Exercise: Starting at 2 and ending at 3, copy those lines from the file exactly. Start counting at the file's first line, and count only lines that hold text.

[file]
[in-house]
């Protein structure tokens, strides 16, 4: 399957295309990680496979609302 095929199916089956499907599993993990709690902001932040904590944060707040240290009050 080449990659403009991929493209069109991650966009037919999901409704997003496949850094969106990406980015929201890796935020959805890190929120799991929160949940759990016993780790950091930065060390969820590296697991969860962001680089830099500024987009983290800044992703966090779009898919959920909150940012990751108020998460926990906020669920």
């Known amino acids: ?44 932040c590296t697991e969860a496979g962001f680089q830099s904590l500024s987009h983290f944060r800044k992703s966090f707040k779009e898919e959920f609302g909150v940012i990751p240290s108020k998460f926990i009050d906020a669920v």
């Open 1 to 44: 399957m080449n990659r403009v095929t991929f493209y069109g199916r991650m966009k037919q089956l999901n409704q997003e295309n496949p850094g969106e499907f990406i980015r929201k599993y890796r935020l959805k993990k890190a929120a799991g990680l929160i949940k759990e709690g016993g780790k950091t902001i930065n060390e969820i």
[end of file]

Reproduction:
């Protein structure tokens, strides 16, 4: 399957295309990680496979609302 095929199916089956499907599993993990709690902001932040904590944060707040240290009050 080449990659403009991929493209069109991650966009037919999901409704997003496949850094969106990406980015929201890796935020959805890190929120799991929160949940759990016993780790950091930065060390969820590296697991969860962001680089830099500024987009983290800044992703966090779009898919959920909150940012990751108020998460926990906020669920």
């Known amino acids: ?44 932040c590296t697991e969860a496979g962001f680089q830099s904590l500024s987009h983290f944060r800044k992703s966090f707040k779009e898919e959920f609302g909150v940012i990751p240290s108020k998460f926990i009050d906020a669920v």